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Hands-On With The Piaget Polo Skeleton

Piaget made waves when it unveiled the openworked version of its Polo. The Polo Skeleton initially was released with either a grey or blue skeletonised dial, but is now available in gold, diamonds and the like. The Polo Skeleton heralded in a new and exciting era for Piaget's sporty collection, where the combination of an ultra-luxe look along with an openworked dial and beautiful finishings aligned it to be a prime contender against some very tough competition.

First impressions count, and I have to say that I was immensely pleased at what I unboxed. The 42mm wide and wafer-thin 6.5mm thick steel cushion-shaped case was finished wonderfully well and had a characteristically luxurious look and feel to it. It sat nice and comfortably on my wrist with a lovely low profile but ample depth thanks to the openworked dial.

The model I had the pleasure of reviewing was the G0A45001 reference, which had a monochromatic grey applied to the exposed movement. The skeletonised movement featured beautiful finishings throughout, light brushings, detailed patterns, circular and sunburst satin-brushed wheels, polished screws and lovely bevelling. There was enough drama amongst the openworked architecture of the Piaget manufacture 1200S1 movement to appreciate even after long periods of wear. The cherry on top here is that platinum rotor -- super subtle but still greatly appreciated.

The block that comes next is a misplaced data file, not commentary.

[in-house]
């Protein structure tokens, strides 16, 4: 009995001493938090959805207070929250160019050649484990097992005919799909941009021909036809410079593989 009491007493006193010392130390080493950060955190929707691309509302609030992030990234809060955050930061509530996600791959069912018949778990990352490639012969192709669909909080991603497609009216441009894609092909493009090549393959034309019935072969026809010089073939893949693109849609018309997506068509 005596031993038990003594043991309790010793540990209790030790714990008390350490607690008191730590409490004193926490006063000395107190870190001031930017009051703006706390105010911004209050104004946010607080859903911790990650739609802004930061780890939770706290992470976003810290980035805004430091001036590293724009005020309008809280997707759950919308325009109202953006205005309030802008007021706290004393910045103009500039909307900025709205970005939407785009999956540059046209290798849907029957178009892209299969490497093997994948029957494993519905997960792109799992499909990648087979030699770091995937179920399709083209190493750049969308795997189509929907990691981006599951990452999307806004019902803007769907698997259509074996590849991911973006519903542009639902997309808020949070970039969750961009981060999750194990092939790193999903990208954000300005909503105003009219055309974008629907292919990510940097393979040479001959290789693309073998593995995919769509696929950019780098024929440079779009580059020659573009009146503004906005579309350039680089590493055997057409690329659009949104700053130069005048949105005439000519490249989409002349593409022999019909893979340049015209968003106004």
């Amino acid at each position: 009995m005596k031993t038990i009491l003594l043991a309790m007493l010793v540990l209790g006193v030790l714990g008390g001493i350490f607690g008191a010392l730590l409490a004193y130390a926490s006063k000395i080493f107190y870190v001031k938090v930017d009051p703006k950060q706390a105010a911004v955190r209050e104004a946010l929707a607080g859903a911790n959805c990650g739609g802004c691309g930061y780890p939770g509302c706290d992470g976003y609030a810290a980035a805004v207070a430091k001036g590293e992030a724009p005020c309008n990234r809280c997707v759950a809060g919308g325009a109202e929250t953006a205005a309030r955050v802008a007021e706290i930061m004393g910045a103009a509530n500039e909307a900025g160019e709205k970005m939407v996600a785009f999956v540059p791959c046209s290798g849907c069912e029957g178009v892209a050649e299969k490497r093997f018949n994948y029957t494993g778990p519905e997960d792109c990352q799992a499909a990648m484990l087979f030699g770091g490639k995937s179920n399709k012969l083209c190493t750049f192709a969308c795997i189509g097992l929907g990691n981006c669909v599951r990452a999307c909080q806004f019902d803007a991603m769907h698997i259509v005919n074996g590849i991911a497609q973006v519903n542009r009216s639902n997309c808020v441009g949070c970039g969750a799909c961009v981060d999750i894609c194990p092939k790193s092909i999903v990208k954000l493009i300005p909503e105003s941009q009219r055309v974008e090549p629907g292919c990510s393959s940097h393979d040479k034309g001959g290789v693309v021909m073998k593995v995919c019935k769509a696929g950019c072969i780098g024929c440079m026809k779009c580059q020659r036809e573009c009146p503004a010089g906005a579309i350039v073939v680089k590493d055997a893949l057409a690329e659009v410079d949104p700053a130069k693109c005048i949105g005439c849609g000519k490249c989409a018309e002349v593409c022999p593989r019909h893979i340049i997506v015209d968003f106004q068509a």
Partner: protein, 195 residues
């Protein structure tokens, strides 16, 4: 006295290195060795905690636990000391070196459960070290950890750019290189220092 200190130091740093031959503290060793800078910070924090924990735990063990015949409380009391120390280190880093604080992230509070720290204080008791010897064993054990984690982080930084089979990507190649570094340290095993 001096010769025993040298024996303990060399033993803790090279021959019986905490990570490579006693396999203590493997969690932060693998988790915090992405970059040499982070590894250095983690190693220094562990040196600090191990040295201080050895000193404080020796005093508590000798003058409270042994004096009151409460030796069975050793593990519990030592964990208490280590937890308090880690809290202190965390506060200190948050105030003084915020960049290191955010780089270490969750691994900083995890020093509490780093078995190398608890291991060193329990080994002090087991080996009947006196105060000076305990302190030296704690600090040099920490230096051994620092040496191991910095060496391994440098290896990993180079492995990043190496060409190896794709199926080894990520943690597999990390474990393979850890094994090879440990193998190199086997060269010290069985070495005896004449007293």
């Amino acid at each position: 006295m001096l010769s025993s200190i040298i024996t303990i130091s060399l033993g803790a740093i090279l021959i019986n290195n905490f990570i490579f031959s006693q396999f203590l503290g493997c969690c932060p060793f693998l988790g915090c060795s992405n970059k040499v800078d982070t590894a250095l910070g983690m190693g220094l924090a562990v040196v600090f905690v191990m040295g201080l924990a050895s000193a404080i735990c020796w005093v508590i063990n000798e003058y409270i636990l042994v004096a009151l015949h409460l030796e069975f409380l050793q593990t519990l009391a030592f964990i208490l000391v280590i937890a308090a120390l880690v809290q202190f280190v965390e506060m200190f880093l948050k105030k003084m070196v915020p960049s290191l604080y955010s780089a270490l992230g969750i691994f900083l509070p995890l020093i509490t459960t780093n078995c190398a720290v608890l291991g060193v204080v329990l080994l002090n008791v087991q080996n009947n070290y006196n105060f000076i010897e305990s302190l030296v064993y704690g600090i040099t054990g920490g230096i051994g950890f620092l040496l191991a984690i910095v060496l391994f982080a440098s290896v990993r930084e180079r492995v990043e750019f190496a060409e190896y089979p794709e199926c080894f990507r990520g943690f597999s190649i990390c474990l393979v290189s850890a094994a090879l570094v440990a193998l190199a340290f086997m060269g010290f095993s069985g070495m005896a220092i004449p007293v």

Legibility was somewhat of an issue, especially in low-light environments. And my reservations extended to that undersized balance wheel, which seemed a touch too small borderlining lacklustre, especially considering the expansive openworked architecture and vast, flowing look of the movement. A smidge larger in diameter and the calibre 1200S1 would have been viscerally perfect.

The Piaget Polo Skeleton came on a steel bracelet and a grey alligator leather strap. Both were well suited to the G0A45001 and both gave the piece a completely different look. Steel for casual outings, while leather for more dressy occasions. All bases covered. This is what you want in a watch that costs as much as the Piaget Polo Skeleton.

Which brings me to my next point: price. The Piaget Polo Skeleton squares up to some very tough competition from the likes of Patek Philippe's Nautilus, Audemars Piguet's Royal Oak and Vacheron Constantin's Overseas. It's an enigmatic, subtle yet theatrical timepiece that I feel is absolutely superb on the wrist. So its $45,400AUD price tag seems completely justifiable. A stainless-steel time-only openworked watch with a manufacture movement that walks the walk and talks the talk -- this is not a watch you come across everyday. So yes, it is expensive but it is most definitely worth it. For more, click here.


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